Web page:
If you are going to do it on credit, go for a student credit card... like citibank or something along those lines,easy to get approved... and later on you can negotiate pretty easily for a lower apr (i know i tried to cancel one I had in favor of a different one and then cut the apr in half for me instead lol) most have 0% apr for 6 months (and it seems, by your PLAN anyway, that you will have it payed off before that) and they give you student rewards and percentages back and all that good stuff, and that's a good way to build credit.

    OR...Since you are in school... perhaps take out a student loan for the amount of the computer. MUCH better interest, and you could pay it back whenever you want/can, so as soon as you have the money you could pay it back.. but if something happens, atleast you wouldn't be stuck with HUGE apr, and just a normal student loan situation.

    Otherwise, save up as MUCH as you can before the next 2 months... seems that you could have about 600+ in savings by then, and if you are sure you will be receiving 500 around christmas time, and can save up the extra 4-500 during that time as well, (like others said, pretty sure that you won't be losing your source of income) then a basic citibank or other banks rewards 0% apr 6months to a year deal would be good in this situation... and could help you build up good credit for later in your life.

    Goodluck... and the imac should last quite a few years for you :)
  7. godslabrat macrumors 6502

    Aug 19, 2007
    I echo a lot of the sentiments that have already been said-- the credit card is great IF you know exactly how you can pay for it before the interest-free period is up. Otherwise, save your money.

    That said... I'm really amazed that Apple doesn't provide more than 90 days no -interest. 90 Days isn't really much more than my regular bank gives in the first place. That's fine for an iPod or Mac Mini, but when I finally get the chance to drop $8000+ on a Mac Pro, I'd sure like 6 or 12 months with no interest. Why doesn't Apple offer something like that?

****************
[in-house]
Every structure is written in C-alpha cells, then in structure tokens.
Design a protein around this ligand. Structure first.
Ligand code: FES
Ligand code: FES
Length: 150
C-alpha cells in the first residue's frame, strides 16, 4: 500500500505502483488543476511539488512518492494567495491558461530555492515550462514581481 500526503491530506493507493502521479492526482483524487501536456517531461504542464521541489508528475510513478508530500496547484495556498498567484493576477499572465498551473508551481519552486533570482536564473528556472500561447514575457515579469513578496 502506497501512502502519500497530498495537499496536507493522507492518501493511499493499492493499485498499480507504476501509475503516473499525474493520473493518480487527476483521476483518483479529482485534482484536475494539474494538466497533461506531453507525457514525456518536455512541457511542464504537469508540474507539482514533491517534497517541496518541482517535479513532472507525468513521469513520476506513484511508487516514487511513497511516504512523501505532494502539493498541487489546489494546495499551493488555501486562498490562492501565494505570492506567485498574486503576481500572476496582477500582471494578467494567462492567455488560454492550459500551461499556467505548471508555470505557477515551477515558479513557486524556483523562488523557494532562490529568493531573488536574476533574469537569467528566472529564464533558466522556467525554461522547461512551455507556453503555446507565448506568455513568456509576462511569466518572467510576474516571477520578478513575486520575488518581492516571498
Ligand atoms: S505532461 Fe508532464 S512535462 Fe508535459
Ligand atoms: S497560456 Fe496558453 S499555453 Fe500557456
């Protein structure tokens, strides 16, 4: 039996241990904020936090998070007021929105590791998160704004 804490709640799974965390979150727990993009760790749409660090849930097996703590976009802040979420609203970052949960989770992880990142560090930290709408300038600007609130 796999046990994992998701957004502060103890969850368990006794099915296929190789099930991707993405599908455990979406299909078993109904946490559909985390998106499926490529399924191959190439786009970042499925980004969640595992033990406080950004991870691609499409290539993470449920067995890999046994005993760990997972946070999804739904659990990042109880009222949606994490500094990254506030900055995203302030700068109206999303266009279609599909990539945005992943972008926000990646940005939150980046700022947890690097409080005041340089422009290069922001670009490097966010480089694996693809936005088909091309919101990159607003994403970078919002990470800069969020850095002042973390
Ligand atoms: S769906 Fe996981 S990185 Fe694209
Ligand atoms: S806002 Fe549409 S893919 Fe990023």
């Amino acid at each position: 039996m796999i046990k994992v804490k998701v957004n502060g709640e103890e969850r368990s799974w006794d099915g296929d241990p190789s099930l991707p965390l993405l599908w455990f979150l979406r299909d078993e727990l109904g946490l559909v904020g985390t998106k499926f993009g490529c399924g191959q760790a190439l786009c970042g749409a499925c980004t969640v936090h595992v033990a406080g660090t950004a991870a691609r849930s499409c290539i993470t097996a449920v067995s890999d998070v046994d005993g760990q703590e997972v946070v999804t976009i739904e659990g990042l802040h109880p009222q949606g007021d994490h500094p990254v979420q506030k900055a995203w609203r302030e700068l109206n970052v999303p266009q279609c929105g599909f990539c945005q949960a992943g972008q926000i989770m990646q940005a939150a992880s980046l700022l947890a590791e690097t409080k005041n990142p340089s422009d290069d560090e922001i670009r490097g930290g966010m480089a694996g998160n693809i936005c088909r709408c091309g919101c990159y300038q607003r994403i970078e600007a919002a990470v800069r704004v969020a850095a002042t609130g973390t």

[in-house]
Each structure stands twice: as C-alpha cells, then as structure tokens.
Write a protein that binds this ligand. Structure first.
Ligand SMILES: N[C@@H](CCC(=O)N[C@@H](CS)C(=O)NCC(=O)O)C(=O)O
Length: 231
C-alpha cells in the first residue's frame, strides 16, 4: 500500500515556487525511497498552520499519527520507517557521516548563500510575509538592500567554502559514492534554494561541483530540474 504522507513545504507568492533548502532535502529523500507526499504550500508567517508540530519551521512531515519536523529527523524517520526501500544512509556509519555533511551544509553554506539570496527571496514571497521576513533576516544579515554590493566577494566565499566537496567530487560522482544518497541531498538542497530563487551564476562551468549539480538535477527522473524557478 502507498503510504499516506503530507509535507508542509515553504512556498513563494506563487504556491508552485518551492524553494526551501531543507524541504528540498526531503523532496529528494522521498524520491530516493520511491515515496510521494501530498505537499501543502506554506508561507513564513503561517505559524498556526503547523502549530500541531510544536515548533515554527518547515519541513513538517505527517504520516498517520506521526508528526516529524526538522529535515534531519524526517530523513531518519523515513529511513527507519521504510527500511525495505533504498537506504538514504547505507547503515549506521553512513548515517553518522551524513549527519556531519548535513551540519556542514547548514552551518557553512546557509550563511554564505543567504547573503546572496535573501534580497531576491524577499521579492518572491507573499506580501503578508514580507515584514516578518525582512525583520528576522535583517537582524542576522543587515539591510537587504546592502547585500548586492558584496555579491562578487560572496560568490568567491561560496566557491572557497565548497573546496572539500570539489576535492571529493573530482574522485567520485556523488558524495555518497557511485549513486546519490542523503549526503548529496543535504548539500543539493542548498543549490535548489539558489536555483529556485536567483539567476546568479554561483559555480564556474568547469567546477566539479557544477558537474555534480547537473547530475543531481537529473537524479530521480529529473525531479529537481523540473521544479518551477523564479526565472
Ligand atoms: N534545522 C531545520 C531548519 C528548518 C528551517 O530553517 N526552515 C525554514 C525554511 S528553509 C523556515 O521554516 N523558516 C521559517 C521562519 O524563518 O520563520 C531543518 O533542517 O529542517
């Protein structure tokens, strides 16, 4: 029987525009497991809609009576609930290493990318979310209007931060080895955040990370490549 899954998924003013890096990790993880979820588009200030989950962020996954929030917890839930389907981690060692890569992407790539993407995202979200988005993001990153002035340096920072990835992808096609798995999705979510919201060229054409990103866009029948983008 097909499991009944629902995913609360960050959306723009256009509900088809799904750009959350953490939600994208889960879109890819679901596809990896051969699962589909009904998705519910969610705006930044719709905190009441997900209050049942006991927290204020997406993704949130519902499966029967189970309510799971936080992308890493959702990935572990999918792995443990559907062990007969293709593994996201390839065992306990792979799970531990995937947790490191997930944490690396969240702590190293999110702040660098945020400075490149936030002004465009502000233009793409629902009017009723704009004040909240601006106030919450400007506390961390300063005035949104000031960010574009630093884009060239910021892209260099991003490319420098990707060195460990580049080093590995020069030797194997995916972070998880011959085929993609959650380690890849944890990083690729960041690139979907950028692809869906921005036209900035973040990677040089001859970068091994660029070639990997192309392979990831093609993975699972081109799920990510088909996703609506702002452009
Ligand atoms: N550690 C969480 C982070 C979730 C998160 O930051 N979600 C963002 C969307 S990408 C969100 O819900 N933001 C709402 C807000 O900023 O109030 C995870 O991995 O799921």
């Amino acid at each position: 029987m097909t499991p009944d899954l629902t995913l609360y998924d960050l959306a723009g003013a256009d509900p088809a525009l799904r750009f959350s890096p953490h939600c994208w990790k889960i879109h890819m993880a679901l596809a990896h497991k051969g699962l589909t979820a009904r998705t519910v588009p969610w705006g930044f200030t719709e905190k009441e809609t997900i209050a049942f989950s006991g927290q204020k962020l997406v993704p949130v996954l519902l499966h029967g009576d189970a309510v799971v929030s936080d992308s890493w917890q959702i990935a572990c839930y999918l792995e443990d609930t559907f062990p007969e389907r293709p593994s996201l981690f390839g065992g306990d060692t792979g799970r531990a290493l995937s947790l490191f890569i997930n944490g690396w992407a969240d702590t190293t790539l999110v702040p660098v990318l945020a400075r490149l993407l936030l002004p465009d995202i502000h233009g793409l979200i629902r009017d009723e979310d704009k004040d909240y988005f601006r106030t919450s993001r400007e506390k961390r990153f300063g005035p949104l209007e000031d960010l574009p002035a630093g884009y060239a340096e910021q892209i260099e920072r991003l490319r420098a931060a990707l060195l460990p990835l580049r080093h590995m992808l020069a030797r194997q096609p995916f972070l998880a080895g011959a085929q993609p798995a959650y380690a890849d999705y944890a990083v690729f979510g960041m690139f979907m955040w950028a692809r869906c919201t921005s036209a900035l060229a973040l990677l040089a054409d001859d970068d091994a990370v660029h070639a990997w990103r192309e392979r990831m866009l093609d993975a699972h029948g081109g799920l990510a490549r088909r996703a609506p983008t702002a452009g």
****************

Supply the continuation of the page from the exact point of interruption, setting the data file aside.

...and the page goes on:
8. dwsolberg macrumors 6502a

    Dec 17, 2003
    Credit can be good

    A lot of people don't realize that using a little credit can be a very good thing, and the earlier you start a *good* credit history, the better off you'll be when you buy a house or car. A person who buys a car with NO credit will be paying at least 3% more as an APR. With an $18,000 car, that amounts to approximately $500 more you'll be paying in interest the first year. With good, consistent credit, you'll get a lower rate and save money. The same is true with a house, but at even greater savings.

    The trick, of course, is not: to get credit then charge up more than you can afford, get late on your bills, and get stuck with bad credit. If that happens, credit will be so expensive, you'll lose so much money, it will depress you for years and years.

    Here's what I'd do: Get VISA/MC credit right away while you're a college student. For whatever reason, it's very easy to get credit while attending college. Then charge something (the computer if you want), pay off most of it as soon as you can, then leave a modest amount on credit (say $100 to $200) and keep paying the minimum payment for a year. After that, you're credit will be better, and you can apply for a lower-interest card. Repeat until you have the lowest interest rate possible.

    By the way, good credit will also save you on car insurance in many states.
  9. Creibold thread starter macrumors regular


    Feb 27, 2006
    Yet another reply

    Thank you everyone. I suppose we will just wait and see now, seeing as how the new Quad-Core chips come out soon, perhaps if I hold out just a tiny bit, I may be able to get a little bit more bang for my buck.

    Anyways, I have taken the advice and found a card through my bank that gives me 6 months no interest, and will certainly have it paid off by then. I would like to keep everything with the same bank anyways.

    Also, I hope that apple has the kinks worked out of it by then, seeing as how there have been some overheating and LCD screen problems in some of the early models.

    One last do those 640x480 resolution videos that you download from iTunes look full screen on an iMac?

    Thanks again! :)
  10. flopticalcube macrumors G4


    Sep 7, 2006
    In the velcro closure of America's Hat
  11. Creibold thread starter macrumors regular


    Feb 27, 2006
  12. jdavtz macrumors 6502a

    Aug 22, 2005
    You don't need to have outstanding credit that you're being charged interest on to build up a good 'credit rating'. Opening a credit card and putting your usual monthly shopping on it, with a direct debit set up to pay off the bill in full every month (so you never pay any interest at all), will just-as-effectively - in fact probably more effectively - build up your credit rating for future car/house purchases.
  13. Remagine macrumors newbie

    Feb 9, 2006
    I've got the Juniper's a very cool black VISA.

    They aren't too generous with credit limit; even if you have decent credit. Interest rate is way too can do better elsewhere.

    I use mine for everyday expenses and pay it off in full. So far I got a few $25 iTunes cards.

Share This Page